Her br**sts hurt inside her tightly cinched bodice. She was possessed by the insane urge to tear away the quilted lining of her corset and beg him to soothe her tormented flesh with his mouth and hands. Instead she threaded her fingers through the thick, slightly curling locks of his hair while he kissed her in a fever of rising need, until her thoughts were no longer coherent and she was shivering with desire.
Suddenly the heady stimulation ended, as Westcliff tore his mouth away and thrust her back against a fluted half column. Breathing raggedly, he half turned from her, and stood there with his fists clenched.
After a long time, Lillian collected herself sufficiently to speak. The perfume had worked rather too well. Her voice was thick and scratchy, as if she had just awoken from a long sleep. “Well. I …I suppose that answers my question. Now…as to my request for sponsorship…”
Westcliff did not look at her. “I’ll think about it,” he muttered, and strode from the orangery.
“Annabelle, what happened to you?” Lillian asked the next morning, joining the other wallflowers at the farthest table on the back terrace for breakfast. “You look dreadful. Why aren’t you wearing your riding habit? I thought you were going to try out the jumping course this morning. And why did you disappear so suddenly last night? It’s not like you to simply vanish without saying—”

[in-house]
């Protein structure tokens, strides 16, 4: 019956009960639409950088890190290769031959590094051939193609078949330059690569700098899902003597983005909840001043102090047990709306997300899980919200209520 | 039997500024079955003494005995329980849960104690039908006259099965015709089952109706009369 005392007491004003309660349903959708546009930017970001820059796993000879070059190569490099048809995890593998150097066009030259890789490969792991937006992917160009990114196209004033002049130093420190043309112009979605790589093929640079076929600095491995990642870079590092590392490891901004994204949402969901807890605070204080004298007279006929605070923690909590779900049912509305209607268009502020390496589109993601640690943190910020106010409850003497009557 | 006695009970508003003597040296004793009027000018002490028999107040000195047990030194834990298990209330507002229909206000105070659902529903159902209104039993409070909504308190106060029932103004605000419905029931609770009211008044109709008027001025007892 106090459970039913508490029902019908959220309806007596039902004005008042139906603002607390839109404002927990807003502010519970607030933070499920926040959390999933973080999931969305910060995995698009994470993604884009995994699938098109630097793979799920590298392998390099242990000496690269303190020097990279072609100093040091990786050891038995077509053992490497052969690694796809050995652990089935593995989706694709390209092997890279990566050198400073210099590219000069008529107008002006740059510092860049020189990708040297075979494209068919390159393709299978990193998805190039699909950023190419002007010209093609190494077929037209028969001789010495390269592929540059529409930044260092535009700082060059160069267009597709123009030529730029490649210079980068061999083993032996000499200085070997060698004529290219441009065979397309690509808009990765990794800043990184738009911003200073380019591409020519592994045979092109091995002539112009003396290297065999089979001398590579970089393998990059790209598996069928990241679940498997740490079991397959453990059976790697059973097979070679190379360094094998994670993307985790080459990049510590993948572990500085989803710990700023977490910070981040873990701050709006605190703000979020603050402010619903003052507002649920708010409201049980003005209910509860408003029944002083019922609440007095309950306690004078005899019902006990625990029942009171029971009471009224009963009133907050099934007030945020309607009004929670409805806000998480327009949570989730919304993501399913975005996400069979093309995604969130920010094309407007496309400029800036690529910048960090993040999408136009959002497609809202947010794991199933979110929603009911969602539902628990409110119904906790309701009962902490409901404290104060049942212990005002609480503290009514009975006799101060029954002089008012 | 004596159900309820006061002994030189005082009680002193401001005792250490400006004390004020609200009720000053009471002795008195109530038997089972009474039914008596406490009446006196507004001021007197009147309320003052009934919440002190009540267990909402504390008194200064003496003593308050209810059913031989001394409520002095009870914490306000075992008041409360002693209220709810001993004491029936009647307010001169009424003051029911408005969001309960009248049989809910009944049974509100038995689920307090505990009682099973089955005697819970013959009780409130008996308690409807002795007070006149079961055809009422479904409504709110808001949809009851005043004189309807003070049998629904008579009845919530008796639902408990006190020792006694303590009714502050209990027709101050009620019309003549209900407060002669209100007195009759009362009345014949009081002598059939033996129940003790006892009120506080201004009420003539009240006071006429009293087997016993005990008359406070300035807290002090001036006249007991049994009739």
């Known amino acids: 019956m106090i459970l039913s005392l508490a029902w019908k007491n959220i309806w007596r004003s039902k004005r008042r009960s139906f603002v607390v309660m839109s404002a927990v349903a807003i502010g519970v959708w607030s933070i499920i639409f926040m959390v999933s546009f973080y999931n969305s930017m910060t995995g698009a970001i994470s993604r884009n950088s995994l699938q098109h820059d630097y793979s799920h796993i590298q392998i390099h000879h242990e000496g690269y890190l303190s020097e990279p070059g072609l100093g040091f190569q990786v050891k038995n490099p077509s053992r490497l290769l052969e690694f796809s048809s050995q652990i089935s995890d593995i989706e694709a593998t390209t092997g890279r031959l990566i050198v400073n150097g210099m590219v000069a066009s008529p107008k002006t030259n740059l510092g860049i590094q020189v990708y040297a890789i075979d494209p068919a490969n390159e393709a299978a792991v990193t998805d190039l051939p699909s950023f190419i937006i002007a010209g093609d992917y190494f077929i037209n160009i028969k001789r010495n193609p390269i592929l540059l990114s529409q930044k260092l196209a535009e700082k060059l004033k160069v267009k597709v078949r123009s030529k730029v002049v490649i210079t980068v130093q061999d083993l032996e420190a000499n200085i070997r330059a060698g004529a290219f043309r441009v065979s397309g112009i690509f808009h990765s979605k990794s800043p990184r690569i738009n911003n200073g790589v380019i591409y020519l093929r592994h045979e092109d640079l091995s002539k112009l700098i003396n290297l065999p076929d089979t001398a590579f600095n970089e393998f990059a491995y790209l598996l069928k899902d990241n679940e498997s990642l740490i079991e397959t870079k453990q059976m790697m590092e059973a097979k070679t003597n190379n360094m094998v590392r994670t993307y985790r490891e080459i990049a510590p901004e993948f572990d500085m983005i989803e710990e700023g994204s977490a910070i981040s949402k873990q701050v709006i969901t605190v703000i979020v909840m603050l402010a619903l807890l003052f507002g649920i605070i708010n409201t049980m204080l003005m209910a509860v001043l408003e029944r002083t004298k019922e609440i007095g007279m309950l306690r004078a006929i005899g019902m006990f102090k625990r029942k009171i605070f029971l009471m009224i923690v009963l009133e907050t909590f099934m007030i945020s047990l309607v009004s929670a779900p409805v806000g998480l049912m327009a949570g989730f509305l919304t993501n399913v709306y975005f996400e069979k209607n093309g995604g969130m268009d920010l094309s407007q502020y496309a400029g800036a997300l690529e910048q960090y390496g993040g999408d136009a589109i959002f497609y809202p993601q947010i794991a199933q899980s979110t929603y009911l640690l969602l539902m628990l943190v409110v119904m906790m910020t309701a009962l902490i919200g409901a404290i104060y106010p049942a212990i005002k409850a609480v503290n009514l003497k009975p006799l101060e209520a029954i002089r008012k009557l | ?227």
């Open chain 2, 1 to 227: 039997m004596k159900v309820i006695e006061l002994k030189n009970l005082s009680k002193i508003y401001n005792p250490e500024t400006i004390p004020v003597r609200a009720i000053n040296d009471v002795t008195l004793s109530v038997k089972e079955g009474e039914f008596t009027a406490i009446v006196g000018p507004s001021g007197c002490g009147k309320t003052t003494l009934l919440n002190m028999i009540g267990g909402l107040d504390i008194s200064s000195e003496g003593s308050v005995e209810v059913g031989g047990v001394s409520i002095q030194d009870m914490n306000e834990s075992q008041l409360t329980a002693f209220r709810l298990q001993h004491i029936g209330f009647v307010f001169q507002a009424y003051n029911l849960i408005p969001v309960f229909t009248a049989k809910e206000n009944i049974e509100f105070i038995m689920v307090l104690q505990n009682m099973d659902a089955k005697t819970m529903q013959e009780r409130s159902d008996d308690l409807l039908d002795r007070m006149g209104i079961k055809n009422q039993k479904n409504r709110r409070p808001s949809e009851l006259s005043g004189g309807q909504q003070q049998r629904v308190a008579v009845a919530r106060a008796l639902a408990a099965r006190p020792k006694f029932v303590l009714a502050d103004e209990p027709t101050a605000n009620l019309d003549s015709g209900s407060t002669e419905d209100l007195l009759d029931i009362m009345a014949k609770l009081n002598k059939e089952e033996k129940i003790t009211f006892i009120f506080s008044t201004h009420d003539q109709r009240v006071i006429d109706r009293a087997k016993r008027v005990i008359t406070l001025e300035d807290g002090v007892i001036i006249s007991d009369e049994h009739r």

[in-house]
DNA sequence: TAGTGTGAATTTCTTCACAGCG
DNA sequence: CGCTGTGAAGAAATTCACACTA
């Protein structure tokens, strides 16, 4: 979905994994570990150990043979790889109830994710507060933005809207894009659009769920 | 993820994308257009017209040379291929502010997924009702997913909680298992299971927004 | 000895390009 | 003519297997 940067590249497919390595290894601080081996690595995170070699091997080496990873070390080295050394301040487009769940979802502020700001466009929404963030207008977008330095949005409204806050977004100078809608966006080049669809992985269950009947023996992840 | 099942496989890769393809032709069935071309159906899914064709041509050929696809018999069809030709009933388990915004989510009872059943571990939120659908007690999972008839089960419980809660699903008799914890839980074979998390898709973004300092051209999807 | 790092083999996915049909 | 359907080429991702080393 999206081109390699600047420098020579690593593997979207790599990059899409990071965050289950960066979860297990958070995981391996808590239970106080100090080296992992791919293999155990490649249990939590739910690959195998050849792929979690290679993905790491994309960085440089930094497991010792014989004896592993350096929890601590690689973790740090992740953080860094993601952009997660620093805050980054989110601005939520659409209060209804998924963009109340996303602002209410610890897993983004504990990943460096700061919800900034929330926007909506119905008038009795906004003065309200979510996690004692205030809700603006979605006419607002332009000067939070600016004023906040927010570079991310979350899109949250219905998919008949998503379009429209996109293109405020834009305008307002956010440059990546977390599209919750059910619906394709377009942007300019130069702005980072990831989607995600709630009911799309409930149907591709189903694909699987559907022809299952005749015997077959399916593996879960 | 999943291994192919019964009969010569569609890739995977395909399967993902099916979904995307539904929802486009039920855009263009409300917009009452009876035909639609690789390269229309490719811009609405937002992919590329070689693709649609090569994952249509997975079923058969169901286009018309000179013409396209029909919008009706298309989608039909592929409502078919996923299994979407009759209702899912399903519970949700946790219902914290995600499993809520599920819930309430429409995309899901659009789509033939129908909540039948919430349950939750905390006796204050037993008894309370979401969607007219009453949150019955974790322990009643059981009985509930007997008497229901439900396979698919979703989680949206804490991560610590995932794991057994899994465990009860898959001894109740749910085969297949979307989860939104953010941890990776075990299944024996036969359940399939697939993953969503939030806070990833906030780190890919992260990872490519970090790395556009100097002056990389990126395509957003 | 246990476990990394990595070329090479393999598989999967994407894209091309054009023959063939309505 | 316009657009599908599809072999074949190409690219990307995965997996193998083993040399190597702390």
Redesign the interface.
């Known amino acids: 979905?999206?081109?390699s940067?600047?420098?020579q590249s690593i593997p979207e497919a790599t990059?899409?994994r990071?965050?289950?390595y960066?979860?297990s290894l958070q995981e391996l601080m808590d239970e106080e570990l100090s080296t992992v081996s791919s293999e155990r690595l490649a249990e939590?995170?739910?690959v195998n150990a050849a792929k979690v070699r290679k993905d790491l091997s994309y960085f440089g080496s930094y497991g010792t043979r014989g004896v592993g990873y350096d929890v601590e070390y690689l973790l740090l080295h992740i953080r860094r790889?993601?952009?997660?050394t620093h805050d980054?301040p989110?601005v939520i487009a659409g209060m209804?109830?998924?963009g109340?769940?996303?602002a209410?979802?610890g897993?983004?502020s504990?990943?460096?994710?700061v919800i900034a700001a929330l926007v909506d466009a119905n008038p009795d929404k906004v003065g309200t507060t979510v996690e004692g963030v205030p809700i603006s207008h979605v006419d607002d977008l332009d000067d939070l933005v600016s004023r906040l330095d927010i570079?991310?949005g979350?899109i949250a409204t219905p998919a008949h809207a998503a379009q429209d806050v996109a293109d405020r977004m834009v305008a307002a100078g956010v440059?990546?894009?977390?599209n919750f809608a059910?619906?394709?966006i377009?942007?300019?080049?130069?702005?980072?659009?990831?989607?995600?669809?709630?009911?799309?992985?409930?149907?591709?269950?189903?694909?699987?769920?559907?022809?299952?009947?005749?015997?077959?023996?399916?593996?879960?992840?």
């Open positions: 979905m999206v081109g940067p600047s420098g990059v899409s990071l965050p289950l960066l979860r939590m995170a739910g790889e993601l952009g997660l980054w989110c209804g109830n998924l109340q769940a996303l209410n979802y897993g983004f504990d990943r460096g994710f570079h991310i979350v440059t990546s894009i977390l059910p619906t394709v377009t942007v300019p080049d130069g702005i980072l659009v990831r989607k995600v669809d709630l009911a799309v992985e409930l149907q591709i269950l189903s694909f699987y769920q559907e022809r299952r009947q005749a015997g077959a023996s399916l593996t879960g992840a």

“I didn’t have a choice in the matter,” Annabelle said testily, folding her fingers around the delicate bowl of a porcelain teacup. Looking pale and exhausted, her blue eyes ringed with dark shadows, she swallowed a mouthful of heavily sweetened tea before continuing. “It was that blasted perfume of yours—as soon as he caught one whiff of it, he went berserk.”